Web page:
The Nehru Report, Delhi Proposal and Jinnah’s Fourteen Demands

The Nehru Report, Delhi Proposal and Jinnah’s Fourteen Demands

Nehru report on constitutional framework for the country(August,1928):

  • While the Simon Commission was carrying on its work in isolation from Indian public opinion, the leading Indian political parties were trying to forge a common political programme.
  • The Nehru Report in August 1928 was a memorandum outlining a proposed new dominion status constitution for India.
  • The rejection by Indian leaders of the all-white Simon Commission led Lord Birkenhead, the Secretary of State for India to make a speech in the House of Lords in which he challenged the Indians to draft a Constitution implying that they could not produce one that would be widely acceptable among the leaders of the various Indian communities.
  • As an answer to Lord Birkenhead’s challenge, an All Parties Conference, presided over by Dr. M.A. Ansari, met in February 1928 and appointed a subcommittee under the chairmanship of Motilal Nehru ,with his son Jawaharlal acting as secretary, to draft a constitution.
    • There were nine other members in this committee, including two Muslims.
    • However, the final report was signed by only eight persons:
      • Motilal Nehru,
      • Ali Imam,
      • Tej Bahadur Sapru,
      • M. S. Aney,
      • Mangal Singh,
      • Shuaib Qureshi,
      • Subhas Chandra Bose, and
      • G. R. Pradhan.
    • Shuaaib Qureshi disagreeing with some of the recommendations.
  • This was the first major attempt by the Indians to draft a constitutional framework for the country.
  • The recommendations of the Nehru Committee were unanimous except in one respect—while the majority favoured the “dominion status” as the basis of the Constitution, a section of it wanted “complete independence” as the basis, with the majority section giving the latter section liberty of action.

Main Recommendations:

The Nehru Report confined itself to British India, as it envisaged the future link-up of British India with the princely states on a federal basis. For the dominion it recommended:

  • Dominion status on lines of self-governing dominions as the form of government desired by Indians (much to the chagrin of younger, militant section—Jawaharlal Nehru being prominent among them).
  • Rejection of separate electorates which had been the basis of constitutional reforms so far; instead, a demand for joint electorates with reservation of seats for Muslims at the centre and in provinces where they were in minority (and not in those where Muslims were in majority, such as Punjab and Bengal) in proportion to the Muslim population there with right to contest additional seats.
  • There should be federal form of government with residuary powers vested in the center.
  • It included a description of the machinery of government including a proposal for the creation of a Supreme Court and a suggestion that the provinces should be linguistically determined.
  • Nineteen fundamental rights including equal rights for women, right to form unions, and universal adult suffrage.
  • Responsible government at the centre and in pro­vinces.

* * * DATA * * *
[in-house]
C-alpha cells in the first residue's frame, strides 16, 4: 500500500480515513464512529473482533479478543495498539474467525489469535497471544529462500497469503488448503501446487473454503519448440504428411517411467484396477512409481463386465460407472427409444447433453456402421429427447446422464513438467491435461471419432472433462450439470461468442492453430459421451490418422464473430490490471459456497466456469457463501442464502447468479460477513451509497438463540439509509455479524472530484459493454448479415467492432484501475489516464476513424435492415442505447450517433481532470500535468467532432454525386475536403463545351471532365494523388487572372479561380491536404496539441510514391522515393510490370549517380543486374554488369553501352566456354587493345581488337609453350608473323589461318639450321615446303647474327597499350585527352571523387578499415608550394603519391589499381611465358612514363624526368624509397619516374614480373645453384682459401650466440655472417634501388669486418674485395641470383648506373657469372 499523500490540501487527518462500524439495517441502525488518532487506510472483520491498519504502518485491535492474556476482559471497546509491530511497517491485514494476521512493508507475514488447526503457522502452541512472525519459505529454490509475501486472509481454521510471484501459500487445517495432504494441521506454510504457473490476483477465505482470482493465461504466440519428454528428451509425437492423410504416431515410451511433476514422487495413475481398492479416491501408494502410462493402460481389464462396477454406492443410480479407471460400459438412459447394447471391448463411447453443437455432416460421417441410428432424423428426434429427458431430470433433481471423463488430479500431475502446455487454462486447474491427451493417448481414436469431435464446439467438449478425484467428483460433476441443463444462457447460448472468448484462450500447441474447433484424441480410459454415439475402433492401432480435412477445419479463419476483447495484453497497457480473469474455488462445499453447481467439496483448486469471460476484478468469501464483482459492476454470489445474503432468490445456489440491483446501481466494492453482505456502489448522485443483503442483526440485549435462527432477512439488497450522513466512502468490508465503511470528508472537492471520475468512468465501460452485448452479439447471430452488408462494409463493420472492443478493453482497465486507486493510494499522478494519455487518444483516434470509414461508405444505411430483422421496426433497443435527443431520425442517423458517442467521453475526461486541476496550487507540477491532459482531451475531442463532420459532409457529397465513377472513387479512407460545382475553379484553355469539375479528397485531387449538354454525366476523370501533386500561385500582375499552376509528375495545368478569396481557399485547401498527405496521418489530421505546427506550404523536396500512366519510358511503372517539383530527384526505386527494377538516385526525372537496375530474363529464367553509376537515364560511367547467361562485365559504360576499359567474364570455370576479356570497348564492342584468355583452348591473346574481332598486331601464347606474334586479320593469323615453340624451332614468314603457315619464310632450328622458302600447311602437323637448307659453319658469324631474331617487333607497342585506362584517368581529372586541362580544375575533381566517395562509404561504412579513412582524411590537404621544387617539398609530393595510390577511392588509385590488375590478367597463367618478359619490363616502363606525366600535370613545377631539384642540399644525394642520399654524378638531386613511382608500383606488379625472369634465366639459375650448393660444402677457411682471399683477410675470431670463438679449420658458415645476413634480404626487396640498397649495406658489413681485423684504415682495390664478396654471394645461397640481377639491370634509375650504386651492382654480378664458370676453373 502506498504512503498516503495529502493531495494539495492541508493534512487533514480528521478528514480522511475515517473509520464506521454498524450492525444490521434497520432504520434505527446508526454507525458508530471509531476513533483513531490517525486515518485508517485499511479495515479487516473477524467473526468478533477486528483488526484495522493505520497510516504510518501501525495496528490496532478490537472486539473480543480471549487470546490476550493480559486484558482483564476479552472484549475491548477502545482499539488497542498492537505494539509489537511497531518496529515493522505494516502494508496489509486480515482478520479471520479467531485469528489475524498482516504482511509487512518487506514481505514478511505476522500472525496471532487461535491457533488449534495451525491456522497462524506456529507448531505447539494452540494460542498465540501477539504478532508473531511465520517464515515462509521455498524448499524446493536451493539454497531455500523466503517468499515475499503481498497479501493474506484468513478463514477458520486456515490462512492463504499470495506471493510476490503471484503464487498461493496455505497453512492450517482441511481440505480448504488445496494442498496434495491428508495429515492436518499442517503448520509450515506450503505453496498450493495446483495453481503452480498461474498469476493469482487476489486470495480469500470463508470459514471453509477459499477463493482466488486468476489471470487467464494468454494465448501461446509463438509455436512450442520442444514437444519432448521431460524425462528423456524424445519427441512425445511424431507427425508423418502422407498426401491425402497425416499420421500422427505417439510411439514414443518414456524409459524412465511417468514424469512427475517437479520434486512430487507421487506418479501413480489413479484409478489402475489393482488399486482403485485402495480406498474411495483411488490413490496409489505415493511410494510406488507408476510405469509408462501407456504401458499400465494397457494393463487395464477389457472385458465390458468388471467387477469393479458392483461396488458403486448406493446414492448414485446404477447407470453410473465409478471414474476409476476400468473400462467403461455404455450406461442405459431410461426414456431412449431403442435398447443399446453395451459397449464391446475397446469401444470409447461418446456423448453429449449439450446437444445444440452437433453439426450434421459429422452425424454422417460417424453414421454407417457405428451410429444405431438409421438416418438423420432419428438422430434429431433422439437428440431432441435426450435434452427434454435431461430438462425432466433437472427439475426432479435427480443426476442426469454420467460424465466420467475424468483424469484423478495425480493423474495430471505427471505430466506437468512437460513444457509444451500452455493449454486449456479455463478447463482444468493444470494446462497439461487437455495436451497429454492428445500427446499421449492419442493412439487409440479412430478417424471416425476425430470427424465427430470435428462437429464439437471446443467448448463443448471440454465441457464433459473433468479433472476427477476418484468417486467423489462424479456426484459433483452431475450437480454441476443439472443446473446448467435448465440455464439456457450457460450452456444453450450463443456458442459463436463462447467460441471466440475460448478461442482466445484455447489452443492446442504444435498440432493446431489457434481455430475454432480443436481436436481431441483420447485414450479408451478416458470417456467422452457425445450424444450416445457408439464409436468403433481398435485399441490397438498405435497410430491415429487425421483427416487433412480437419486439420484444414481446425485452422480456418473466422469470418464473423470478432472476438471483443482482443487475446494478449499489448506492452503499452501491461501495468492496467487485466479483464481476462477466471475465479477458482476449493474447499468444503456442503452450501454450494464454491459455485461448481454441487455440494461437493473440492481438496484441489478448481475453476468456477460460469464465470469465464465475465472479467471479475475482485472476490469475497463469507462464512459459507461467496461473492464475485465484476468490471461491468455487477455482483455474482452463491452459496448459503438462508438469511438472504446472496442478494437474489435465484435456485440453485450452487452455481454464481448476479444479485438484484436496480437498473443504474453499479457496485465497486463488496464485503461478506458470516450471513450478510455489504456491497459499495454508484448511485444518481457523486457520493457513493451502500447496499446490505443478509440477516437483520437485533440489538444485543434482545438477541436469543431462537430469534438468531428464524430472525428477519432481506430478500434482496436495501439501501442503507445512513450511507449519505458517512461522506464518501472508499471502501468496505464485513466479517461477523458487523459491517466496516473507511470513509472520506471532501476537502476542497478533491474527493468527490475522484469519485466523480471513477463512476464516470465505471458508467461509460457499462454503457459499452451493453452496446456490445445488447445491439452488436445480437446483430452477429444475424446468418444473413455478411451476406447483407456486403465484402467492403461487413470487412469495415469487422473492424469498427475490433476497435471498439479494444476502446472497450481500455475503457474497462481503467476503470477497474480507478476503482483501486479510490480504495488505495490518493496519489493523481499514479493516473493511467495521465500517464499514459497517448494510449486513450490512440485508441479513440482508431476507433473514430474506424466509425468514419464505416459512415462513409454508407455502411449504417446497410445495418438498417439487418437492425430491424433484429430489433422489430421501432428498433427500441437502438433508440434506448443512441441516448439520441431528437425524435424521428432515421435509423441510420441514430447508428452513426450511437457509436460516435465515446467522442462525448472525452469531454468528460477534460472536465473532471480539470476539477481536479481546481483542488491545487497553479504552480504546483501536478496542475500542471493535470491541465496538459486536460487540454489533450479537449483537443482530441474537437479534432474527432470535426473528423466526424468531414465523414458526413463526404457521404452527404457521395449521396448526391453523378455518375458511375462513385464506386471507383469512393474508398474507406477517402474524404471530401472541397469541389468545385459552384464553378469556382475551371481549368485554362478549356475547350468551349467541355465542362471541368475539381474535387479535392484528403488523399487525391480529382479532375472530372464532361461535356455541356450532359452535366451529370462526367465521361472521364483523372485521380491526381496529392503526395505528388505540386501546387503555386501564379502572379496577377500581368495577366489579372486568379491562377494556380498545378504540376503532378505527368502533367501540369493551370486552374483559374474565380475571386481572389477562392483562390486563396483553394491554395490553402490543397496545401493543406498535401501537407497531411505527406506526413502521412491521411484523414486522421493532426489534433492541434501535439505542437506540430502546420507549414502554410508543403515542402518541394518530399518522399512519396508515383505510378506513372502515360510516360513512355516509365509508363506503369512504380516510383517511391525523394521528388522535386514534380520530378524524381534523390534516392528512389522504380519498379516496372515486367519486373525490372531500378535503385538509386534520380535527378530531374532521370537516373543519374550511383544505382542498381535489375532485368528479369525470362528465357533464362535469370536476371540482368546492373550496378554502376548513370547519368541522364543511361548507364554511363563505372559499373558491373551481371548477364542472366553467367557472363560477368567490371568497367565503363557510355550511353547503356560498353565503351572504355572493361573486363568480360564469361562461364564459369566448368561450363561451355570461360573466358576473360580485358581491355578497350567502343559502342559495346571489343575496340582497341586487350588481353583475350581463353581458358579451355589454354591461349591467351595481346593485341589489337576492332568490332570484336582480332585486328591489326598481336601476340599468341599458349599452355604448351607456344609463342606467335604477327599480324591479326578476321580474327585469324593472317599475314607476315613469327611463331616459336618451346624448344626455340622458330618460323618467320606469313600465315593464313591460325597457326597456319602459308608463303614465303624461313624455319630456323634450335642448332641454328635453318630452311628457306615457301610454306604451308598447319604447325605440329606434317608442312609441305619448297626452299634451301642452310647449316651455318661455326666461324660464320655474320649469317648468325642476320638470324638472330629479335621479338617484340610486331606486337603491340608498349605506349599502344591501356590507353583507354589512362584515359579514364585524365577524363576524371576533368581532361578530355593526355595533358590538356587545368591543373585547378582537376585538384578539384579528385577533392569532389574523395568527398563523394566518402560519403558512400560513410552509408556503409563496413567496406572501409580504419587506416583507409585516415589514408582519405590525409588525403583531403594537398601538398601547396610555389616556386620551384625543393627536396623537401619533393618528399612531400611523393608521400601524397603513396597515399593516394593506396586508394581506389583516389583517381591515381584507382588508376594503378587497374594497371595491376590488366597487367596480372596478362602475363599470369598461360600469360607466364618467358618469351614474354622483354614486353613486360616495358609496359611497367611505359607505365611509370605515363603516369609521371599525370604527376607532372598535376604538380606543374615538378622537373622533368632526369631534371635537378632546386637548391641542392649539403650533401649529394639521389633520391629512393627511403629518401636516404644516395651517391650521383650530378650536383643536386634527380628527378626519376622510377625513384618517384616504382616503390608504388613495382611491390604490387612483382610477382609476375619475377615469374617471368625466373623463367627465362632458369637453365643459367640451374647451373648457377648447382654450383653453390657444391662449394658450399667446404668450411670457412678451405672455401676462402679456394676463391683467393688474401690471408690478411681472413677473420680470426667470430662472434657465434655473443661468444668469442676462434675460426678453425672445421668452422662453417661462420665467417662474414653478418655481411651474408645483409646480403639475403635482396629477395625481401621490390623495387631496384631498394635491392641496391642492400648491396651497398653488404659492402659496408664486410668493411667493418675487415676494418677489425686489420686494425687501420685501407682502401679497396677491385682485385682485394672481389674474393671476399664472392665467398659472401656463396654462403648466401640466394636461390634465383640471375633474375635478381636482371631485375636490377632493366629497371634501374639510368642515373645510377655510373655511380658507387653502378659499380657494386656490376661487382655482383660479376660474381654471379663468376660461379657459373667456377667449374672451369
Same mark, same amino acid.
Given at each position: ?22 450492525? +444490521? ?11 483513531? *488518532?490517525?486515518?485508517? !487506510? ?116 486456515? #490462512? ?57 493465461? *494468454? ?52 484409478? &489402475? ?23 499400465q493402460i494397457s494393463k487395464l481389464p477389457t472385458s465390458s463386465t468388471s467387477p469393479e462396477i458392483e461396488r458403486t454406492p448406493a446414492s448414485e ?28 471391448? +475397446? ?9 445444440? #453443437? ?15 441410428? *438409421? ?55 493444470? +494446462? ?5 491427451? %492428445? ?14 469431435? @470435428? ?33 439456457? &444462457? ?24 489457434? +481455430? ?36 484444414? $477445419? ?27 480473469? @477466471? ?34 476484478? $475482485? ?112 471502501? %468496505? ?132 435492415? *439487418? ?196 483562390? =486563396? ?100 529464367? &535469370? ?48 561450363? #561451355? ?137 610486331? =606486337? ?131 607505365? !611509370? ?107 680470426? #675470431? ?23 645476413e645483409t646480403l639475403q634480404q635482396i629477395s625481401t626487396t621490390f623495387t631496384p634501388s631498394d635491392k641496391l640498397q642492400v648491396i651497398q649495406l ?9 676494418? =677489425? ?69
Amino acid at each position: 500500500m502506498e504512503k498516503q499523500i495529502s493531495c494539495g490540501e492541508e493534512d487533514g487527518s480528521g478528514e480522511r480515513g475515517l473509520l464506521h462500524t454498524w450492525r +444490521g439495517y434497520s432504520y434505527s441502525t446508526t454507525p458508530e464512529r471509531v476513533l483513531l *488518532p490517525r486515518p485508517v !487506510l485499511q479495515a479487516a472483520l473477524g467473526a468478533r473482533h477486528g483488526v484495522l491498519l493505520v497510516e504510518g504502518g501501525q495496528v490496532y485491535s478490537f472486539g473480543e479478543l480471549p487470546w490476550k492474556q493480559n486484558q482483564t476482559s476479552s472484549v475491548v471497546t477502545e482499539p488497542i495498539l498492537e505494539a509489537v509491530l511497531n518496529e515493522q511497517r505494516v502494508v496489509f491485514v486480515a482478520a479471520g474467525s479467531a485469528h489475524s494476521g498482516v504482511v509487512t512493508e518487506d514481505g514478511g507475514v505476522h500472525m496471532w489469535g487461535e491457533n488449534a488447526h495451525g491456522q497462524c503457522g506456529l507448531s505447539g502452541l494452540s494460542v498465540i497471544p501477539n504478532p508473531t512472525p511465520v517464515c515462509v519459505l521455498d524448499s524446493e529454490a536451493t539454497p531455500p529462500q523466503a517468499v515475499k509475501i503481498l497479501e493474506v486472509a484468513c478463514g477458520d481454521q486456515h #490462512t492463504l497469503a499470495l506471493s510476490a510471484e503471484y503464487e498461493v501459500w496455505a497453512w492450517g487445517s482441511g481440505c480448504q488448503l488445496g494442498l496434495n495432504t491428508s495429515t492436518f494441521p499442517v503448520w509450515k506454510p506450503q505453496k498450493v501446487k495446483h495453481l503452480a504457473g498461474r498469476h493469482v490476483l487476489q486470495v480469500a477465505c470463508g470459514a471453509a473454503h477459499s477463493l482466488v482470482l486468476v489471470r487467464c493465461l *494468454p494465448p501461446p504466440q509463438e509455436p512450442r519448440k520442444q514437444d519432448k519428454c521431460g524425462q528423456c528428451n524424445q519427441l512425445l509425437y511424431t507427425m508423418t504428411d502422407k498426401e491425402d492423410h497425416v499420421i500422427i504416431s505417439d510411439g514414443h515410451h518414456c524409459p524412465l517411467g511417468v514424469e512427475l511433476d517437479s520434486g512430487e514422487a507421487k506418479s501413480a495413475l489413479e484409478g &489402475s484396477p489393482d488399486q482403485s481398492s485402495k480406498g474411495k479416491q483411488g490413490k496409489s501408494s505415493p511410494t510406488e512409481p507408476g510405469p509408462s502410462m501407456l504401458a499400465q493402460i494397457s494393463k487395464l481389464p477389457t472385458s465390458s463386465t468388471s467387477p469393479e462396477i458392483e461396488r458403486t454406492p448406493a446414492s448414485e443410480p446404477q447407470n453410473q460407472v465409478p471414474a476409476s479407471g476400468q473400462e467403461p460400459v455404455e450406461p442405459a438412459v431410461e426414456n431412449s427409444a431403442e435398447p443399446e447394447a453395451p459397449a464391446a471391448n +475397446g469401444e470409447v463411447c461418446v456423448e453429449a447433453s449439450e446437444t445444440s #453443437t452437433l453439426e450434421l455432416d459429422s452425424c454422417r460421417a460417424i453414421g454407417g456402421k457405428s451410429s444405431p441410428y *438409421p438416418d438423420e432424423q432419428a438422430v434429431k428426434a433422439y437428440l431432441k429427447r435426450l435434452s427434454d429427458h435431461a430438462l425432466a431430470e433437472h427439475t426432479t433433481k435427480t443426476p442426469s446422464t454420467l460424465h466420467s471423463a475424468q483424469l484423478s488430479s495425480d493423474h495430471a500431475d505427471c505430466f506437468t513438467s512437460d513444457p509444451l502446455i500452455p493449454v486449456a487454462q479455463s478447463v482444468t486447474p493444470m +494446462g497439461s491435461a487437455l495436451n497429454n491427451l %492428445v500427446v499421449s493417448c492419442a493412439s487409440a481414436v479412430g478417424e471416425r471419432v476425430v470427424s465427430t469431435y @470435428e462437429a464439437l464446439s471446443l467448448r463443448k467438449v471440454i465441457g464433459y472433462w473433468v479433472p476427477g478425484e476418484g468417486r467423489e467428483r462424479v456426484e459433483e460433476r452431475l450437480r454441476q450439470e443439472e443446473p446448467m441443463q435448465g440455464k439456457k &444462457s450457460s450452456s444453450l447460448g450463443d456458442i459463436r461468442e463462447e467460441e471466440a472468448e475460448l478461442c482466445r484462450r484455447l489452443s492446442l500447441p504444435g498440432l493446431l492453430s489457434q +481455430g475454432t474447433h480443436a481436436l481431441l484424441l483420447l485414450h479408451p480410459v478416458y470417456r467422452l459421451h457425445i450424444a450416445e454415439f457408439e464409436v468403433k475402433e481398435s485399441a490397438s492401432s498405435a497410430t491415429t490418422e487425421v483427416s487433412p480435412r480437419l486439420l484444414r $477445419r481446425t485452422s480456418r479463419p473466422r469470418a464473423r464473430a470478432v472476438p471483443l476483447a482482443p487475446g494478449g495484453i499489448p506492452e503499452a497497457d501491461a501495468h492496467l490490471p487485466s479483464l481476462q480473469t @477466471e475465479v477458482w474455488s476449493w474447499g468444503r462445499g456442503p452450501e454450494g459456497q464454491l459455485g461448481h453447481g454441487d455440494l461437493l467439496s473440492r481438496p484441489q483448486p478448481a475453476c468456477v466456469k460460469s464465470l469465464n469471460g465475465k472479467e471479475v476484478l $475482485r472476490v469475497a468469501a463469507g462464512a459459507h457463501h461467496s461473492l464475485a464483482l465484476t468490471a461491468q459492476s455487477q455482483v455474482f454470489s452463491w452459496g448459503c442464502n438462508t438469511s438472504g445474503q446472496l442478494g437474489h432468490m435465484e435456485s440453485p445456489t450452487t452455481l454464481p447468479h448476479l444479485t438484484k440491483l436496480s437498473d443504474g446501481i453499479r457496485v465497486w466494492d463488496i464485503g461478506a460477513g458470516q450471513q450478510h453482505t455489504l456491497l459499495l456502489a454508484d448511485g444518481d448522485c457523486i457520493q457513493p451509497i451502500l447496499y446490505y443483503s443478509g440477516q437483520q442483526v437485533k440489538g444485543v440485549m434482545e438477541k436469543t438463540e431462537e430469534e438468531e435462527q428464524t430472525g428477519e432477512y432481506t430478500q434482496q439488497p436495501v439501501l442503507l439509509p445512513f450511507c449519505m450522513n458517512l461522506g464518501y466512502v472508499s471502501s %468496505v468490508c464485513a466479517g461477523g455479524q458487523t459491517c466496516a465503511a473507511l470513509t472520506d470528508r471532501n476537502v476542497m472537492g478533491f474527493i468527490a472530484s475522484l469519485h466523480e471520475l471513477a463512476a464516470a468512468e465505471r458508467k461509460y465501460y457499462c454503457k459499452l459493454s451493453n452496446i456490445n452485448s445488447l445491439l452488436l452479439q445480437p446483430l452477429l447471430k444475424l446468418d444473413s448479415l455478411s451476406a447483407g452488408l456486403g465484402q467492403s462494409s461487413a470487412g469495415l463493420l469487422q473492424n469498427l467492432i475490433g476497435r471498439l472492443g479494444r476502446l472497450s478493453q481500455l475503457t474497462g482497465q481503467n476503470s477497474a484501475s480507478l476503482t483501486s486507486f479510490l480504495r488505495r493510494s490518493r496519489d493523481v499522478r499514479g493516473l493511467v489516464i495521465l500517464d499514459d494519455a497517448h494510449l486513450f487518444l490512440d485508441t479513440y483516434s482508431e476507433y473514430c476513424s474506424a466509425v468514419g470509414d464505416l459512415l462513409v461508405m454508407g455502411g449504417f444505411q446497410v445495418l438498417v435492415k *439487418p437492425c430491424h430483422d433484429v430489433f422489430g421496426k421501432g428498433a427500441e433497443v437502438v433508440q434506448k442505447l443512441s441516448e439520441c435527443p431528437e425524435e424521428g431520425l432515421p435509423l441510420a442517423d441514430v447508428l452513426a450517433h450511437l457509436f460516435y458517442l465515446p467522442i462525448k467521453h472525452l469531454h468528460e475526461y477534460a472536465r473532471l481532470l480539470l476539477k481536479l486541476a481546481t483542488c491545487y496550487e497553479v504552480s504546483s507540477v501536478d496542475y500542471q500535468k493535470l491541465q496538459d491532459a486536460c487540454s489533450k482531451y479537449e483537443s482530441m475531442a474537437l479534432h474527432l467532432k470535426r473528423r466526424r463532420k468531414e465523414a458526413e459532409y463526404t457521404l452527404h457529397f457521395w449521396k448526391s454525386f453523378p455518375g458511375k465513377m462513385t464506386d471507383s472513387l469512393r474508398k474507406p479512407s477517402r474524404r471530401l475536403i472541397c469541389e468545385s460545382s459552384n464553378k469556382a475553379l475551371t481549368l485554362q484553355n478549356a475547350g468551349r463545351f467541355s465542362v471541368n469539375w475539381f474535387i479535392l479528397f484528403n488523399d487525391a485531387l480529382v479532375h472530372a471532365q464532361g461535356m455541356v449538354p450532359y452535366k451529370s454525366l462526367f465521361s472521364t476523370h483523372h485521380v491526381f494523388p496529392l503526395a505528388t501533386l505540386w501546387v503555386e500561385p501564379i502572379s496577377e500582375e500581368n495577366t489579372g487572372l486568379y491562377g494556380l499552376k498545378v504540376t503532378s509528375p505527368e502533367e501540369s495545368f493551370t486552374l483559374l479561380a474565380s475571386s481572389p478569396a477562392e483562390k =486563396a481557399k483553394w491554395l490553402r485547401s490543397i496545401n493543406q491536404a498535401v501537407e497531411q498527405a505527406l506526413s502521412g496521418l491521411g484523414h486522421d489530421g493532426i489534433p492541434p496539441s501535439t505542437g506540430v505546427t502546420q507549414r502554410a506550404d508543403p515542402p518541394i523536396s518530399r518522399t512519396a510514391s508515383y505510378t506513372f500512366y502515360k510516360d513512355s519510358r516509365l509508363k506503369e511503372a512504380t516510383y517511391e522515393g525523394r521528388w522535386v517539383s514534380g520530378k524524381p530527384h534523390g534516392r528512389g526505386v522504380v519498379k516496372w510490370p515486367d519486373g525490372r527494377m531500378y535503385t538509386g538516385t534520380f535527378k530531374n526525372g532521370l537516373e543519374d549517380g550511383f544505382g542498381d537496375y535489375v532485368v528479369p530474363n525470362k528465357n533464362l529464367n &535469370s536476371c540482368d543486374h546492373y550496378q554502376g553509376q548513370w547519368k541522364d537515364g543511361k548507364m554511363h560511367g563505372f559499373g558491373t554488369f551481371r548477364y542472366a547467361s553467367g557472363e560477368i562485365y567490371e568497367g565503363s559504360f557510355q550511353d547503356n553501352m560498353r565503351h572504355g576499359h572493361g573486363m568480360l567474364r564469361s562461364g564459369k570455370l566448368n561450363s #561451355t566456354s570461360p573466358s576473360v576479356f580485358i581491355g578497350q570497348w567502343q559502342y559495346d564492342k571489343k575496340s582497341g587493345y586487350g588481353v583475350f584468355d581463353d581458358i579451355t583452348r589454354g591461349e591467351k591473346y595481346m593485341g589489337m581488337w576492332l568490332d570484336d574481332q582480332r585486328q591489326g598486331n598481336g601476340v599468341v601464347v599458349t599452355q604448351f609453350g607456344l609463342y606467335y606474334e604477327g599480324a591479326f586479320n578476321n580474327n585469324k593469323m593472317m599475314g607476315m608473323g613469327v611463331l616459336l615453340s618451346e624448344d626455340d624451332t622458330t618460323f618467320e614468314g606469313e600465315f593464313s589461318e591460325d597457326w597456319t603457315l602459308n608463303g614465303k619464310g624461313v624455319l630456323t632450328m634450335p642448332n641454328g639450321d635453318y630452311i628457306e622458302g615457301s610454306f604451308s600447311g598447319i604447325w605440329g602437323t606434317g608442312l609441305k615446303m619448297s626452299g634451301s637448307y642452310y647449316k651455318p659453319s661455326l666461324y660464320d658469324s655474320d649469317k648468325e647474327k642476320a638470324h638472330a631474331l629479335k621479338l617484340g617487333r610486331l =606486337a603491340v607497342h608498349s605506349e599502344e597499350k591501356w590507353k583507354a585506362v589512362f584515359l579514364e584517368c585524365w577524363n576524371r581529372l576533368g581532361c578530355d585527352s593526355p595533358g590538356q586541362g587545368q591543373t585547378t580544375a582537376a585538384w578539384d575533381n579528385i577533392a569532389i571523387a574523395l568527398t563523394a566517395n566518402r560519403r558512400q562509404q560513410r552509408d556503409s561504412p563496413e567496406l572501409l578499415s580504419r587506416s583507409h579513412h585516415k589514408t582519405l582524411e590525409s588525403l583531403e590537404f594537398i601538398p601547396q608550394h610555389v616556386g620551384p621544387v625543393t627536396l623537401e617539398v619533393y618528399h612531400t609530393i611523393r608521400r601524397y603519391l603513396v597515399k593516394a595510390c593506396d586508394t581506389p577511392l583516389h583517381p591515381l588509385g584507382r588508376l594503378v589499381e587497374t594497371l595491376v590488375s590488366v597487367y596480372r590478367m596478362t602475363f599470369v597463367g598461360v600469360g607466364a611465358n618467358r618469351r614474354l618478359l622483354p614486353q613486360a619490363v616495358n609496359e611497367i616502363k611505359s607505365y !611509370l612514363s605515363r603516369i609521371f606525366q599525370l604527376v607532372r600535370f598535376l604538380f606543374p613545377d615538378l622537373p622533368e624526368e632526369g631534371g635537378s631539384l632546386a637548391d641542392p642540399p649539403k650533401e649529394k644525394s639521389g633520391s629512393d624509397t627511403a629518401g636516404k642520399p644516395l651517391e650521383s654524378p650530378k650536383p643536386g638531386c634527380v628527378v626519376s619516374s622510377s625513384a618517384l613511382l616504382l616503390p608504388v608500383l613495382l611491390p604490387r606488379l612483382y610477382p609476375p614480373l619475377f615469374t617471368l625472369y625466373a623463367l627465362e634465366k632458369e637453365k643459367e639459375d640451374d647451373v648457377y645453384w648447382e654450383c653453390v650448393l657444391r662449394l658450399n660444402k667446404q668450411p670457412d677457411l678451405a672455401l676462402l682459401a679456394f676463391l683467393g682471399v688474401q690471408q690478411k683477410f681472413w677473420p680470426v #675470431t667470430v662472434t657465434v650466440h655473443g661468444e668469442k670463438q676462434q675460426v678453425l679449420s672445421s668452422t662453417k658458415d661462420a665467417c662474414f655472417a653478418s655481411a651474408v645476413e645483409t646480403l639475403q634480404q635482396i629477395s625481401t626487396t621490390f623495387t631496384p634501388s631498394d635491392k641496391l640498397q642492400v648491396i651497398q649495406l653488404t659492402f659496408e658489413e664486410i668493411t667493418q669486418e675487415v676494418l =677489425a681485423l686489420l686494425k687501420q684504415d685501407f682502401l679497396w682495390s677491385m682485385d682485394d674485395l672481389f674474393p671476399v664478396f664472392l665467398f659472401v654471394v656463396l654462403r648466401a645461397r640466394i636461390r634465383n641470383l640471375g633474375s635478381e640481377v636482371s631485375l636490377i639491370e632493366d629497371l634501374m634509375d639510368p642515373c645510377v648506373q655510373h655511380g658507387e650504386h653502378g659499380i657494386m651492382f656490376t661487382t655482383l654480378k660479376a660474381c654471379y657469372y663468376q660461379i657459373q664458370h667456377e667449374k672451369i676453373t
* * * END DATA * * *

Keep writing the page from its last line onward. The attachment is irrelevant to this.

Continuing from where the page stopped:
• Full protection to cultural and religious interests of Muslims and even “new provinces on linguistic basic were to be created with a view to the planning of Muslim majority provinces
  • Complete dissociation of state from religion.
  • The language of the Commonwealth shall be Indian, which may be written either in Devanagari, Hindi, Telugu, Kannada, Marathi, Gujarati, Bengali, Tamil or in Urdu character. The use of the English language shall be permitted.
  • The Report suggested the the Indian Parliament should consist of:
    • The Senate:
      • elected for 7 years,
      • containing 200 members
      • elected by the Provincial Councils.
    • The House of Representatives:
      • 500 members
      • elected for five years through adult franchise.
  • The Governor General (to be appointed by the British Government but paid out of Indian revenues) was to act on the advice of the Executive Council which was to be collectively responsible to the Parliament.
  • The Provincial Councils were to be elected, on the basis of adult franchise, for five years and the Governor (to be appointed by the British Government) was to act on the advice of the Provincial Executive Council.

The Nehru Report, along with that of the Simon Commission was available to participants in the three Indian Round Table Conferences (1930–1932). However, the Government of India Act 1935 owes much to the Simon Commission report and little, if anything to the Nehru Report.

The Muslim and Hindu Communal Responses:

  • Though the process of drafting a constitutional framework was begun enthusiastically and unitedly by political leaders, communal differences crept in and the Nehru Report got involved in controversies over the issue of communal representation.
  • Earlier, in December 1927, a large number of Muslim leaders had met at Delhi at the Muslim League session and evolved four proposals for Muslim demands to be incorporated in the draft constitution.
  • These proposals, which were accepted by the Madras session of the Congress (December 1927), came to be known as the ‘Delhi Proposals’. These were: